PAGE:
AMS Spring 2023

New Induction Nozzles Could Improve 3D Printing Quality and Reliability

6K SmarTech

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After wowing me last year at Formnext with its nozzle technology, Vienna-based startup Plasmics has launched a Kickstarter for its INo Trident induction-heat nozzle for extrusion 3D printing. The same technology that is in many stovetops, induction heating works by electrically transferring heat through conductive materials.Induction nozzles can be found on many-a lab table and in the dreams of additive manufacturing (AM) users. Now, Plasmics claims that it will be the first to introduce such an induction extrusion nozzle commercially, with a goal of shipping in March of next year.

“Along with the nozzle, the hotend is the part of the 3D printer which has the highest impact on printing quality. Conventional resist-heated nozzles often do not maintain a constant temperature during extrusion because of the slow heat transfer. This, in turn, leads to speed limitations and oozing. That’s why we developed the Plasmics INo Trident – to be able to solve all these issues,” says Konrad Schreiner, CEO of Plasmics.

The Precision of Induction

Through the use of induction, extrusion 3D printers could be print more geometries more consistently. Fused filament fabrication (FFF) systems could get started faster and offer more control over prints due to the fact that heating is more precise. That way, users could actually be heating a nozzle at the desired 208°C temperature they’re trying to hit, rather than dancing around it. The heating is also more responsive, meaning that adjustments can be made more quickly. Overall, this will lead the nozzle to remain at the proper temperature when necessary. Other possibilities include the ability to offset filament mass, roundness, and ovality issues that can lead to extrusion problems. If there is less mass of material in the nozzle or if extrusion is impeded, inconsistencies result. 

The company says that other hot ends took 37 seconds to get to 250°C, while the INo Trident took just eight seconds. Conversely, the INo Trident was 75 seconds faster than other hot ends to drop to 150°C. The company notes that this could be especially valuable when printing varioShore TPU from colorFabb. Below, we can see heat up times of some nozzles compared.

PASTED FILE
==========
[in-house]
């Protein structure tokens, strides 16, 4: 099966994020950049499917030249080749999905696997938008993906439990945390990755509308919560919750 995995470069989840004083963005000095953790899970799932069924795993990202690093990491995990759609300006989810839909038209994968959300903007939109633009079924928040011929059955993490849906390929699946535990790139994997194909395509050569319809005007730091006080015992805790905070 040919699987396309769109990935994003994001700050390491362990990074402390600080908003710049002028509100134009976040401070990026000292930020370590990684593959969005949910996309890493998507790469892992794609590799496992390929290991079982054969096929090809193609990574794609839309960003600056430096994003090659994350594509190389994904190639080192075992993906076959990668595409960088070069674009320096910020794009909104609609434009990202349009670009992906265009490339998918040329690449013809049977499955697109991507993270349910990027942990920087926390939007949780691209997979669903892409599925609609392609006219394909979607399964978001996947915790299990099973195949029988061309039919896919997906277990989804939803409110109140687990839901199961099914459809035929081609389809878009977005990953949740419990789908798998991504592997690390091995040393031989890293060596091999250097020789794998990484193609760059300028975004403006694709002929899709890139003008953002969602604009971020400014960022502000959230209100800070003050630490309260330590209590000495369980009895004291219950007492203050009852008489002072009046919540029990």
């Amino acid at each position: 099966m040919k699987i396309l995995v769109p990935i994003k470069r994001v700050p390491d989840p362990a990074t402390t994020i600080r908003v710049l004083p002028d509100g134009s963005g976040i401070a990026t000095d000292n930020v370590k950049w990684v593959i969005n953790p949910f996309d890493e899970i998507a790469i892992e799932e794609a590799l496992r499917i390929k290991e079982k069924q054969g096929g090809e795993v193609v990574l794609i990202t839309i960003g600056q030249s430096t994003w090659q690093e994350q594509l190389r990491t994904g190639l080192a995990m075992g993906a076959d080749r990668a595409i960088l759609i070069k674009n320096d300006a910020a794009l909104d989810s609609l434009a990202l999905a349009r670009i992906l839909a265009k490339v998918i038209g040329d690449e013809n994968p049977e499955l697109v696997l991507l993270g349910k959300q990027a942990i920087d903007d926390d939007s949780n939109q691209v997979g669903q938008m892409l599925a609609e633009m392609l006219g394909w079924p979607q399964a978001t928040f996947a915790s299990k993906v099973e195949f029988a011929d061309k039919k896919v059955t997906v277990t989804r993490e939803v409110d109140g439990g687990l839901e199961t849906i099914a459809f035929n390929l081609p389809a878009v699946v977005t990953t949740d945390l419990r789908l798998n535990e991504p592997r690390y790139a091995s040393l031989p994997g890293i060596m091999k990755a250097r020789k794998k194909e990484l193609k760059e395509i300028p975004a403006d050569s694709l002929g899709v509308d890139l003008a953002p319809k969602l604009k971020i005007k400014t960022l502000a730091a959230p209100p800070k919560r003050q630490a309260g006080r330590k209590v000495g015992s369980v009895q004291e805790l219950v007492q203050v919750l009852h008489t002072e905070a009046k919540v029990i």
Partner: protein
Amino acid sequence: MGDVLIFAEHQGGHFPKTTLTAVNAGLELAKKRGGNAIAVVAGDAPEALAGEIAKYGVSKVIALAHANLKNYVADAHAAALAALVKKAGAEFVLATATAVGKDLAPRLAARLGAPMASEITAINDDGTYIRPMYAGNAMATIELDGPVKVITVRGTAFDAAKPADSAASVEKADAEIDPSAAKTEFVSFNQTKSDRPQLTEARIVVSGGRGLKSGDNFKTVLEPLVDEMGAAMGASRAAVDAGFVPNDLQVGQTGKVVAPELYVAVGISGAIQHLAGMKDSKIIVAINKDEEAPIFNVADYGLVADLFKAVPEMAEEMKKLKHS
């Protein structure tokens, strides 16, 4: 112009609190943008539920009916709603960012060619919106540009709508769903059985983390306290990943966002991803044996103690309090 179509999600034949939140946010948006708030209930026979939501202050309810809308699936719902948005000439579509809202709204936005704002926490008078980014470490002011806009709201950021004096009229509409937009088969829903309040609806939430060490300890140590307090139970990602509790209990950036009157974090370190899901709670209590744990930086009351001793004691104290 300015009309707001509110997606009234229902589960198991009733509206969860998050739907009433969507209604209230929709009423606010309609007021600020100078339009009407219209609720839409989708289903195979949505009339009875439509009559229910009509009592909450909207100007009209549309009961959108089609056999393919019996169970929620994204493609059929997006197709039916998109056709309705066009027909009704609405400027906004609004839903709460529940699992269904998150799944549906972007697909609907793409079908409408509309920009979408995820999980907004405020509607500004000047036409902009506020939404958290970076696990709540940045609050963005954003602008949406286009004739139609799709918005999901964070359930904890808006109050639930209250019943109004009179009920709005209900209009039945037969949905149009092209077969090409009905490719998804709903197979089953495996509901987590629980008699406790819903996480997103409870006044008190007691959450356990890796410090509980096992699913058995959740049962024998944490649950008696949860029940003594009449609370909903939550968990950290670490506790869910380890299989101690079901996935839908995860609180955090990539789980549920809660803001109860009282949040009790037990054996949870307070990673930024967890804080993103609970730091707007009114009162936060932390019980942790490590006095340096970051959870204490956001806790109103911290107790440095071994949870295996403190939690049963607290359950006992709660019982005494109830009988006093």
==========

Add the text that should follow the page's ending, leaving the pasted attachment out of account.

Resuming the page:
Below we can see the temperature cooldown when compared to other nozzles. This could offer a decided advantage.

Cost vs Value

The nozzle is costly, coming in at €319 for the Kickstarter version, which will later be retailed for €479. You can also opt for the €419 INo Trident Carbon Black Edition. 

Now, many users will probably be comparing the price of the Plasmics nozzle with the cost of their printer. I’m not going to say that the INo Trident is not pricey. The good news is that it is a drop in replacement for existing nozzles. The company has made the nozzle abrasion resistant, which could prolong its life and allow for more exotic materials. It can also withstand temperatures for ULTEM and other high-temperature filaments.  For now, it only has Klipper support with Marlin and Duet support via SPI interface to be added before the product is shipped. Klipper, is growing, but that could limit the appeal for now.

Plasmics is more ambitious still. Later on, the company hopes to roll out the Plasmics Ecosystem bit by bit , which will include better Gcode generation. The firm is behind the scenes working with some top orthoses and medical device firms to deploy its technology in manufacturing.

Induction nozzles have been a topic of research for over a decade. At one point, all extrusion printer manufacturers could allow for induction nozzles to instantaneously and dynamically heat and cool according to wall slip and other pressure effects in the nozzle. Systems could also even heat and cool quickly to specific geometries within a print. I hope that Plasmics takes us all into an induction age, where we can digitally measure and control our heat.

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